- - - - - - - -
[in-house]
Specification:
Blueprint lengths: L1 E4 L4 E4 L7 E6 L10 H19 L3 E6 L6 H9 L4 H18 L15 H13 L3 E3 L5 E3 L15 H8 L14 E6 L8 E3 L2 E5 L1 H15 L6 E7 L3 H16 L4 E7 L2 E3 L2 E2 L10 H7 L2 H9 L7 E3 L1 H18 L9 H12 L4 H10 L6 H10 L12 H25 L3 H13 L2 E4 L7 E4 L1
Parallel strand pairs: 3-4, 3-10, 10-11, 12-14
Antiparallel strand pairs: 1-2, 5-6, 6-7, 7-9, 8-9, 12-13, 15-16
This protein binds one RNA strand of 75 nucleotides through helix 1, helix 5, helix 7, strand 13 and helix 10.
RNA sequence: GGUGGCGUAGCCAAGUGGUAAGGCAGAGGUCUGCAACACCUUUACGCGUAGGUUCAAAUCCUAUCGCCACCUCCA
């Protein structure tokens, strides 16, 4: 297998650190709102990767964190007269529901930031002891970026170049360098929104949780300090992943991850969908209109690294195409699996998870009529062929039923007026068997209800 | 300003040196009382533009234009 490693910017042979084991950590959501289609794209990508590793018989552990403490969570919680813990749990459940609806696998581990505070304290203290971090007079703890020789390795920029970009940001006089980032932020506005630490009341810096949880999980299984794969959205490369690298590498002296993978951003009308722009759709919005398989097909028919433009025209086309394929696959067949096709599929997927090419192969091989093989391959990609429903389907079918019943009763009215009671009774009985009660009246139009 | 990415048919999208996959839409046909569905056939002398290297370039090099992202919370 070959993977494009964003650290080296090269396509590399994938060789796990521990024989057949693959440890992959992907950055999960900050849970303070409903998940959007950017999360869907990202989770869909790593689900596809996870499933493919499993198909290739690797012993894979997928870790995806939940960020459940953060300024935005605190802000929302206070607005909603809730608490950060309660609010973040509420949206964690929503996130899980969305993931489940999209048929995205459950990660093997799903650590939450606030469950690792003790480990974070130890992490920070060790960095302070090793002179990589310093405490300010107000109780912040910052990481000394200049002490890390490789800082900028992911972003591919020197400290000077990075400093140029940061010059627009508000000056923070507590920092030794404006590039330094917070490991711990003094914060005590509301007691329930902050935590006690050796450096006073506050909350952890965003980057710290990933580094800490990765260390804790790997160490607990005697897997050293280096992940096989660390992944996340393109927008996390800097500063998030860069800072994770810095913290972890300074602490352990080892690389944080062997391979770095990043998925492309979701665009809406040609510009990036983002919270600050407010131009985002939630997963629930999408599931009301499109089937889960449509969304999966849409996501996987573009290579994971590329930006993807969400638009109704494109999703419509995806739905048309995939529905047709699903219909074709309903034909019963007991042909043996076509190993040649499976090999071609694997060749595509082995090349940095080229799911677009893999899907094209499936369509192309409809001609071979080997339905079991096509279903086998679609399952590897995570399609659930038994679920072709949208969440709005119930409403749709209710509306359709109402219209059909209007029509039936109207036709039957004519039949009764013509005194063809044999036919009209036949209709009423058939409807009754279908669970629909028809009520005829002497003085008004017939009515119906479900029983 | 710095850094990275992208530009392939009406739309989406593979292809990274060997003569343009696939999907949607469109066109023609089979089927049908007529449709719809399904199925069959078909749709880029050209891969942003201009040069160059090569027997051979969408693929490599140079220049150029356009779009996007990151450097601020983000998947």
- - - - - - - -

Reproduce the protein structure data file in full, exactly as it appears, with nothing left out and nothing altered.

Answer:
[in-house]
Specification:
Blueprint lengths: L1 E4 L4 E4 L7 E6 L10 H19 L3 E6 L6 H9 L4 H18 L15 H13 L3 E3 L5 E3 L15 H8 L14 E6 L8 E3 L2 E5 L1 H15 L6 E7 L3 H16 L4 E7 L2 E3 L2 E2 L10 H7 L2 H9 L7 E3 L1 H18 L9 H12 L4 H10 L6 H10 L12 H25 L3 H13 L2 E4 L7 E4 L1
Parallel strand pairs: 3-4, 3-10, 10-11, 12-14
Antiparallel strand pairs: 1-2, 5-6, 6-7, 7-9, 8-9, 12-13, 15-16
This protein binds one RNA strand of 75 nucleotides through helix 1, helix 5, helix 7, strand 13 and helix 10.
RNA sequence: GGUGGCGUAGCCAAGUGGUAAGGCAGAGGUCUGCAACACCUUUACGCGUAGGUUCAAAUCCUAUCGCCACCUCCA
């Protein structure tokens, strides 16, 4: 297998650190709102990767964190007269529901930031002891970026170049360098929104949780300090992943991850969908209109690294195409699996998870009529062929039923007026068997209800 | 300003040196009382533009234009 490693910017042979084991950590959501289609794209990508590793018989552990403490969570919680813990749990459940609806696998581990505070304290203290971090007079703890020789390795920029970009940001006089980032932020506005630490009341810096949880999980299984794969959205490369690298590498002296993978951003009308722009759709919005398989097909028919433009025209086309394929696959067949096709599929997927090419192969091989093989391959990609429903389907079918019943009763009215009671009774009985009660009246139009 | 990415048919999208996959839409046909569905056939002398290297370039090099992202919370 070959993977494009964003650290080296090269396509590399994938060789796990521990024989057949693959440890992959992907950055999960900050849970303070409903998940959007950017999360869907990202989770869909790593689900596809996870499933493919499993198909290739690797012993894979997928870790995806939940960020459940953060300024935005605190802000929302206070607005909603809730608490950060309660609010973040509420949206964690929503996130899980969305993931489940999209048929995205459950990660093997799903650590939450606030469950690792003790480990974070130890992490920070060790960095302070090793002179990589310093405490300010107000109780912040910052990481000394200049002490890390490789800082900028992911972003591919020197400290000077990075400093140029940061010059627009508000000056923070507590920092030794404006590039330094917070490991711990003094914060005590509301007691329930902050935590006690050796450096006073506050909350952890965003980057710290990933580094800490990765260390804790790997160490607990005697897997050293280096992940096989660390992944996340393109927008996390800097500063998030860069800072994770810095913290972890300074602490352990080892690389944080062997391979770095990043998925492309979701665009809406040609510009990036983002919270600050407010131009985002939630997963629930999408599931009301499109089937889960449509969304999966849409996501996987573009290579994971590329930006993807969400638009109704494109999703419509995806739905048309995939529905047709699903219909074709309903034909019963007991042909043996076509190993040649499976090999071609694997060749595509082995090349940095080229799911677009893999899907094209499936369509192309409809001609071979080997339905079991096509279903086998679609399952590897995570399609659930038994679920072709949208969440709005119930409403749709209710509306359709109402219209059909209007029509039936109207036709039957004519039949009764013509005194063809044999036919009209036949209709009423058939409807009754279908669970629909028809009520005829002497003085008004017939009515119906479900029983 | 710095850094990275992208530009392939009406739309989406593979292809990274060997003569343009696939999907949607469109066109023609089979089927049908007529449709719809399904199925069959078909749709880029050209891969942003201009040069160059090569027997051979969408693929490599140079220049150029356009779009996007990151450097601020983000998947």